European Company for the Chemical Processing of Irradiated Fuels01 December 1957 (Mol [Belgium]) - 1975 (Mol [Belgium])
Société européenne pour le traitement chimique des combustibles irradiés
The European Company for the Chemical Processing of Irradiated Fuels (usually known as Eurochemic Company) was the result of an international initiative developed through the European Nuclear Energy Agency (ENEA). The Company has as its object to carry out research on industrial activity connected with the processing of irradiated fuels and the use of products arising from this processing, to contribute to the training of specialists in this field and thus to promote the production for peaceful uses of nuclear energy by Western European countries. Eurochemic was created by an international convention signed in December 1957 by thirteen Member countries of ENEA and came into existence officially at the end of July 1959, once it was officially ratified.
Eurochemic carried out a highly innovative research programme at its site at Mol in Belgium, trained large numbers of specialists, and built an industrial pilot plant, commissioned in 1966, to process a wide variety of fuel types. Eurochemic facilitated the sharing of the technology of spent fuel recycling among advanced countries in Western Europe, and reprocessed fuels from its member countries’ reactors in its own plant.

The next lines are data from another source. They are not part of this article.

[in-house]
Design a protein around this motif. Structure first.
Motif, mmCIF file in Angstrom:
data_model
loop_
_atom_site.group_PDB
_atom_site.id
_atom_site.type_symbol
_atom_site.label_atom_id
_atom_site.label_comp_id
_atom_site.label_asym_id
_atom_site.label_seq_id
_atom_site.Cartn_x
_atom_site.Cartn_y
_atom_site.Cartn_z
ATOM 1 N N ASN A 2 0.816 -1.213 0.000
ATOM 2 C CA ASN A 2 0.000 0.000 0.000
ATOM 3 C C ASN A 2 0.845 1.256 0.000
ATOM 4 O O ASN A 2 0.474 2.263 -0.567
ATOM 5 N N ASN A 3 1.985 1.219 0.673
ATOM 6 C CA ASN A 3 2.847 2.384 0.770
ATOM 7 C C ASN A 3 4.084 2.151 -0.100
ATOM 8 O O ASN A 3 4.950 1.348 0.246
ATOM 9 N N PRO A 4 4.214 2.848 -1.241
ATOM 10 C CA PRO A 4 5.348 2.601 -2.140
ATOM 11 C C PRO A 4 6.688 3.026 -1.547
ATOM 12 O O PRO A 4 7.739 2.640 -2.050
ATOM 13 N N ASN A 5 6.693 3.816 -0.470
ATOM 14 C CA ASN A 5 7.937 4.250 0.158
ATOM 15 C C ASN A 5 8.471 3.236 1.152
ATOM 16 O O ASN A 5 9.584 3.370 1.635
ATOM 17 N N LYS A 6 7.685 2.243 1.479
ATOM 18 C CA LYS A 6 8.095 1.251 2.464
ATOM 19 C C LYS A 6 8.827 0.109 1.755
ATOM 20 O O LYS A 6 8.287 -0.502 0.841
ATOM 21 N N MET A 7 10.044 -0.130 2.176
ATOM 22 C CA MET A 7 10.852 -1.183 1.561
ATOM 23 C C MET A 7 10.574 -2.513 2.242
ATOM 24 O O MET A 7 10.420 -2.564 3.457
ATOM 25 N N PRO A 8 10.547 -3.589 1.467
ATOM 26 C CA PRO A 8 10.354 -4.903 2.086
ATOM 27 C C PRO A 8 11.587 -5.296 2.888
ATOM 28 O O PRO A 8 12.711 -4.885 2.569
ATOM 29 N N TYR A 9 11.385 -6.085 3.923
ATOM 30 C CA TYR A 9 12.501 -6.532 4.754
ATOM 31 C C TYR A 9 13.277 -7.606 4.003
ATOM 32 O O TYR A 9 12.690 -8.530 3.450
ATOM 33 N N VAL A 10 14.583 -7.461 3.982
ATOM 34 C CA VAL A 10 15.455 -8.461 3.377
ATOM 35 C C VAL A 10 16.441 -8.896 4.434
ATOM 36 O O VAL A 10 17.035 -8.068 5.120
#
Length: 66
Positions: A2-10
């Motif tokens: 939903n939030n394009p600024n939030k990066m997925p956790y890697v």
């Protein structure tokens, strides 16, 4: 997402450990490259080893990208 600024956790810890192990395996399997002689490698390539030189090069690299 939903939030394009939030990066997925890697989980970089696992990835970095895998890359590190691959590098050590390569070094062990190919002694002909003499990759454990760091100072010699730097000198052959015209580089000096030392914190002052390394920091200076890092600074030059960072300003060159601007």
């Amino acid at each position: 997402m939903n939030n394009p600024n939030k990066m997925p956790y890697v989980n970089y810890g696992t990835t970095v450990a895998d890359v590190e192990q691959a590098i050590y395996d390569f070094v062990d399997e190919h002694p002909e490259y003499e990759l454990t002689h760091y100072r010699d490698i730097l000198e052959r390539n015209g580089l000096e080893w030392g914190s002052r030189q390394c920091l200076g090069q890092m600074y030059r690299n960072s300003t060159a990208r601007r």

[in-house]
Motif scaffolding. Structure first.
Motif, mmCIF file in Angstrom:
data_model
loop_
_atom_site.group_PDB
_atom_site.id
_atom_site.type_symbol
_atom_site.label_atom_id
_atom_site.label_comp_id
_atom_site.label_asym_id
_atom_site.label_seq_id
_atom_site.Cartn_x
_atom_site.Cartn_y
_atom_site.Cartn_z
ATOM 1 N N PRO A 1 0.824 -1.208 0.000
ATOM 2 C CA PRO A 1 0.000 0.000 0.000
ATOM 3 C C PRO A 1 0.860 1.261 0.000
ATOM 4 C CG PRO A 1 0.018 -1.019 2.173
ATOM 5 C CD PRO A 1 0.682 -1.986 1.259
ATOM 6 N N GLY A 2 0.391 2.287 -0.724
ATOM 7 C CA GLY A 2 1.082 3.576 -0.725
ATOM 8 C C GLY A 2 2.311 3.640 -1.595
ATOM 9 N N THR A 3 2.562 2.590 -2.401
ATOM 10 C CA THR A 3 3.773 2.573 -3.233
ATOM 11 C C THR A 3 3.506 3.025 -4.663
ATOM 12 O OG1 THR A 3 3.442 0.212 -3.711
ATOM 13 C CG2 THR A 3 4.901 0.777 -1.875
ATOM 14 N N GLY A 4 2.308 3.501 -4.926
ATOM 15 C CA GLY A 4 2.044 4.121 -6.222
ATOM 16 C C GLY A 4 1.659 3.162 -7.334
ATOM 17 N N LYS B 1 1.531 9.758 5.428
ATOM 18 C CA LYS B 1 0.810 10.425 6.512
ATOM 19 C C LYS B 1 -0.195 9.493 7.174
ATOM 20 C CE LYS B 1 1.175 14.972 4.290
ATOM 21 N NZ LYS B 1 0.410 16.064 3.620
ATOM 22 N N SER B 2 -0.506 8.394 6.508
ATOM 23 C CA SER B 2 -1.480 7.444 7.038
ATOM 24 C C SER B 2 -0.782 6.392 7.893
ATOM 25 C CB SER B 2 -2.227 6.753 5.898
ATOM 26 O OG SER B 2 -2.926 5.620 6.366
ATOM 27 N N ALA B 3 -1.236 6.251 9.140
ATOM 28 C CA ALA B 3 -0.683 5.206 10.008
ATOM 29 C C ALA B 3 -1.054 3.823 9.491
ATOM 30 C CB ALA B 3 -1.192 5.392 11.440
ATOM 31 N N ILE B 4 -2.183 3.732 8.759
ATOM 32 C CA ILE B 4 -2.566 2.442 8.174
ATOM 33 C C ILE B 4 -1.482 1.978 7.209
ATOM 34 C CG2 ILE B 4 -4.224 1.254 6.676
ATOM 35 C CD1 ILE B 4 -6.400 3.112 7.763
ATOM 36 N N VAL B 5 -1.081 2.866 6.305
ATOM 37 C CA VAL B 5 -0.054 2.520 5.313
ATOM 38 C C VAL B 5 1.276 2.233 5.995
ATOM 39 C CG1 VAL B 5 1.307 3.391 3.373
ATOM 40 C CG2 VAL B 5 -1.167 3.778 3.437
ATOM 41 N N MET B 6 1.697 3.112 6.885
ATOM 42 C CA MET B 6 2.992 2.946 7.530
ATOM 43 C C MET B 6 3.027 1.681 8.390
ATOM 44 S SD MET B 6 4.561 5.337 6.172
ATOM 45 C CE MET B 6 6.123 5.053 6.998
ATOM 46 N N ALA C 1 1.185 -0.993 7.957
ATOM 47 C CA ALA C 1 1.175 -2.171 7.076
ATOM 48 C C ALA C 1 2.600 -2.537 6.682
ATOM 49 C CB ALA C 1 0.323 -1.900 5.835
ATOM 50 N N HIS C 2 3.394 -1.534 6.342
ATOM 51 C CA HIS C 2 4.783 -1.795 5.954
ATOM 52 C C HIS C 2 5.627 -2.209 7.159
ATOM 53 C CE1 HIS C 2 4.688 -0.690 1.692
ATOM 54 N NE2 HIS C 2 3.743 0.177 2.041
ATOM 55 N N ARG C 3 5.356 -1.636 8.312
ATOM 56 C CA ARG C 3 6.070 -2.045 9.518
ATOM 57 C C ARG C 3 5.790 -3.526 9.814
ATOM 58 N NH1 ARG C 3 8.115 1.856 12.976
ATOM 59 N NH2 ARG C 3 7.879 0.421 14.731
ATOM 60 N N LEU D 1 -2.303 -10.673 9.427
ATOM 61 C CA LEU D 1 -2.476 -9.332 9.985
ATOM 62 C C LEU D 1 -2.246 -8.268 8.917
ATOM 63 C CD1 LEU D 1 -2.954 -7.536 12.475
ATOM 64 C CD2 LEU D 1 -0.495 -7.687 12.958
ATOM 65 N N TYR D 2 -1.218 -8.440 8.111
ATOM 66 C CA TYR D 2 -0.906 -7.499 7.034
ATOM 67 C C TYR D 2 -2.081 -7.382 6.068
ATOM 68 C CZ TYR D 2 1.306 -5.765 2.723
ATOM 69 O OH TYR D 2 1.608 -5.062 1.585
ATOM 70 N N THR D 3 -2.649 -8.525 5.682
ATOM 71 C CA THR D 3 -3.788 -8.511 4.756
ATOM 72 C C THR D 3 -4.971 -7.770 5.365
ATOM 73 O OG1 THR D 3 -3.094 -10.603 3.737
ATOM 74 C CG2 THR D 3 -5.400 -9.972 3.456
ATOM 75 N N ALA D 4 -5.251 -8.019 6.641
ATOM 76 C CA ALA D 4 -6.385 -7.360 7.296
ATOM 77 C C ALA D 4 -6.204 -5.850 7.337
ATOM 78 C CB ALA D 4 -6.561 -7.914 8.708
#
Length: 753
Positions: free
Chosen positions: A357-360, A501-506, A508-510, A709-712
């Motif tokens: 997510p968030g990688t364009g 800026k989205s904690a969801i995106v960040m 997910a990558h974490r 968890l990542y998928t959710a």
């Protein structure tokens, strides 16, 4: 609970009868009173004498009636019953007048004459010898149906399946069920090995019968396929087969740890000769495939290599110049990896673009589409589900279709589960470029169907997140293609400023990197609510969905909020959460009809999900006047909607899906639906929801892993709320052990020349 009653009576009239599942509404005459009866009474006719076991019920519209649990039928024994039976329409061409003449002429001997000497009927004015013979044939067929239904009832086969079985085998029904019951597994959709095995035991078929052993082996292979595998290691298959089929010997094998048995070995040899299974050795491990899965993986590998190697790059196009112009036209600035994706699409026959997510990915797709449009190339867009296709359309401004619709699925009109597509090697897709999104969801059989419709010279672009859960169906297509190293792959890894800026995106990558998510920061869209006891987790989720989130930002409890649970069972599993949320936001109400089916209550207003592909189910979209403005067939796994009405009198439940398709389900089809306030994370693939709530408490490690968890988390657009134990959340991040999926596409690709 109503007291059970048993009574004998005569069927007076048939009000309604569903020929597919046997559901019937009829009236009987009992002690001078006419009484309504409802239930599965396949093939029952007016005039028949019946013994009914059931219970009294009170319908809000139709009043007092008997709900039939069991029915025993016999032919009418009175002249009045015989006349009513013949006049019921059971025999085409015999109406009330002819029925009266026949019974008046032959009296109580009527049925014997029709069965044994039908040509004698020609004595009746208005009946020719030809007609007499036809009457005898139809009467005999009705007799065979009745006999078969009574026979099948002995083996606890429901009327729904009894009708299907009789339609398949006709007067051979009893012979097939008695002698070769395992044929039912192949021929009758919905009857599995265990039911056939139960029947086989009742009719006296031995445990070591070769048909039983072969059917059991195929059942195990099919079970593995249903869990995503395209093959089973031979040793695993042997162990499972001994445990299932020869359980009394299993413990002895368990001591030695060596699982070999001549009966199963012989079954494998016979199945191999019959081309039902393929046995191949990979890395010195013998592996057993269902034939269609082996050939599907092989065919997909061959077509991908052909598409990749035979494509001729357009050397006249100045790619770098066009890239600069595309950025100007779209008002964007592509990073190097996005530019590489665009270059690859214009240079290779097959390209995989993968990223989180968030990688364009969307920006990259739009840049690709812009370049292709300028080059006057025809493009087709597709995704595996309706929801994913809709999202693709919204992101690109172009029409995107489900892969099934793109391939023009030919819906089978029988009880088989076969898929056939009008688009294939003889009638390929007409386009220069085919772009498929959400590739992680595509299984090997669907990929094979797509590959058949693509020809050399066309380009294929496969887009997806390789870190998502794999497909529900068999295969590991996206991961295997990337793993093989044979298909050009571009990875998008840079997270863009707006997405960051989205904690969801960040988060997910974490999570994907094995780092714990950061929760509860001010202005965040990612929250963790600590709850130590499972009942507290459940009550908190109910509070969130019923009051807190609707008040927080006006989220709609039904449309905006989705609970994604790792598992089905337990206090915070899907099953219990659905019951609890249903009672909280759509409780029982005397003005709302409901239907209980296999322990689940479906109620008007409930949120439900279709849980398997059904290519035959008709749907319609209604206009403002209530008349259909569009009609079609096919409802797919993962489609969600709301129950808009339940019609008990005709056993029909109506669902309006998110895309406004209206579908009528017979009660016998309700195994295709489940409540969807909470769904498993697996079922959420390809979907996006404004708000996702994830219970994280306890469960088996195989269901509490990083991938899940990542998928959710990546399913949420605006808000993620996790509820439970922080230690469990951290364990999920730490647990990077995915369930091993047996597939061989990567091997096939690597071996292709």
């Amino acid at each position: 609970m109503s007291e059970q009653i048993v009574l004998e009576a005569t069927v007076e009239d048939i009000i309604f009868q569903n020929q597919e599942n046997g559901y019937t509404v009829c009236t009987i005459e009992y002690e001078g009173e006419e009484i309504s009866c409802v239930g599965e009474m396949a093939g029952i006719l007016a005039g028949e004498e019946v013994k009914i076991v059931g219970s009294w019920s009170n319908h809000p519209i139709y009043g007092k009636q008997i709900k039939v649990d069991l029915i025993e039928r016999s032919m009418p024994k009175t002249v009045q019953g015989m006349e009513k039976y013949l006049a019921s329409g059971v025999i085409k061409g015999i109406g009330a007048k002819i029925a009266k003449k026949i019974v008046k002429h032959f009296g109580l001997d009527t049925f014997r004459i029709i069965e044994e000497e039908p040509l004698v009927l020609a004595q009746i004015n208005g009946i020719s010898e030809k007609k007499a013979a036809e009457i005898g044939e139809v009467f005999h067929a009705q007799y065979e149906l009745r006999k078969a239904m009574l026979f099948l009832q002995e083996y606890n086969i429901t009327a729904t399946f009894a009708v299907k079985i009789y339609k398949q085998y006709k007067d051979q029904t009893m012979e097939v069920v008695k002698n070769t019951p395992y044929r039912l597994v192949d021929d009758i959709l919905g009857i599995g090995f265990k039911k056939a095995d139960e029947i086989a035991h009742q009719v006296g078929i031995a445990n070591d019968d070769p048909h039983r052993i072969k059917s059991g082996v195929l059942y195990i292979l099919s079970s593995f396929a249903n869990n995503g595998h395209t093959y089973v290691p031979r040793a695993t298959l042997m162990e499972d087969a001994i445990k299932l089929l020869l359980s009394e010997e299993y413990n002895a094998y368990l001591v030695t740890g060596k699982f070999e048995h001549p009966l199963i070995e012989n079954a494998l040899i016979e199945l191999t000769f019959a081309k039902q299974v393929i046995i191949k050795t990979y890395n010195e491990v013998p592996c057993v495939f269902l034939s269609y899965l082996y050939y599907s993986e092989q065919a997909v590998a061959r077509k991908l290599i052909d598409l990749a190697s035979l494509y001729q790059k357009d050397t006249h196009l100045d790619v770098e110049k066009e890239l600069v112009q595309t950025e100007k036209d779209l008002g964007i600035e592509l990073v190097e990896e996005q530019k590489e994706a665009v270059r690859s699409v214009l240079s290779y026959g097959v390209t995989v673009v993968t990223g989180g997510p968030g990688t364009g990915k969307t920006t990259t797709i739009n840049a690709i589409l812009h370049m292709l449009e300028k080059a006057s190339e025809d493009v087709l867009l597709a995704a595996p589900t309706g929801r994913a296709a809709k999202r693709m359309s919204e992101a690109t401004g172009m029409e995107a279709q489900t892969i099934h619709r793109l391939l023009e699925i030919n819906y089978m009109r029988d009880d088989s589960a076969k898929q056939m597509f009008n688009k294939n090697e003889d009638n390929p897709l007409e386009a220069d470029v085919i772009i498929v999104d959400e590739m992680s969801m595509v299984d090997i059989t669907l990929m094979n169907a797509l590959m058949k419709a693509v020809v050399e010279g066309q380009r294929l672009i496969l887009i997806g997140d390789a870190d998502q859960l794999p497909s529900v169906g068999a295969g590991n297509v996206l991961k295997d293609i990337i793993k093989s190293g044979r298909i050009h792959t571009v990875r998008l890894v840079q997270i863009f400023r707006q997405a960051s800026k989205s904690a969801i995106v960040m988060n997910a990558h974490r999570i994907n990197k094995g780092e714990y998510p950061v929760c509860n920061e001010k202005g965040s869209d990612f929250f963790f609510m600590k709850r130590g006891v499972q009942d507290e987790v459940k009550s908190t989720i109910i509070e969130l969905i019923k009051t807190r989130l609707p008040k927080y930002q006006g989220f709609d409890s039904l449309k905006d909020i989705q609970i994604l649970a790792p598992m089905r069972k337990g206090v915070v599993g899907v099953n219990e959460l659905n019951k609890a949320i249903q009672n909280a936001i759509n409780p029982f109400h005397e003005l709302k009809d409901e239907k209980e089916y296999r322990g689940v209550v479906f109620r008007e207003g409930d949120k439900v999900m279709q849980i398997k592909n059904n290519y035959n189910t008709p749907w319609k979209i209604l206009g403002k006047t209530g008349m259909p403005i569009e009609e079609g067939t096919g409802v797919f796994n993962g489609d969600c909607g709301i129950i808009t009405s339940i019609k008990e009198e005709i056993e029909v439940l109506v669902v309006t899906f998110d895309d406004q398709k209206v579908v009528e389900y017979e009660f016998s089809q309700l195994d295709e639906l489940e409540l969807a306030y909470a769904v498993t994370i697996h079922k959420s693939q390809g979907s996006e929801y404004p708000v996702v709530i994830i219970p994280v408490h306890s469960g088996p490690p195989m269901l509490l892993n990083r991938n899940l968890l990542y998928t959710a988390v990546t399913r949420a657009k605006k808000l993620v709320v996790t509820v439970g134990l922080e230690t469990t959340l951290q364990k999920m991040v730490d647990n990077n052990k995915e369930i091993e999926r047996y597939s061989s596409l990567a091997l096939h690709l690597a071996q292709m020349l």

However, given the small size of this plant, and the situation of the reprocessing market where Eurochemic found itself competing with national reprocessing projects, it became impossible for the joint undertaking to achieve its original objective, which had been to serve as the nucleus of a European reprocessing industry, and operations therefore came to an end in 1975.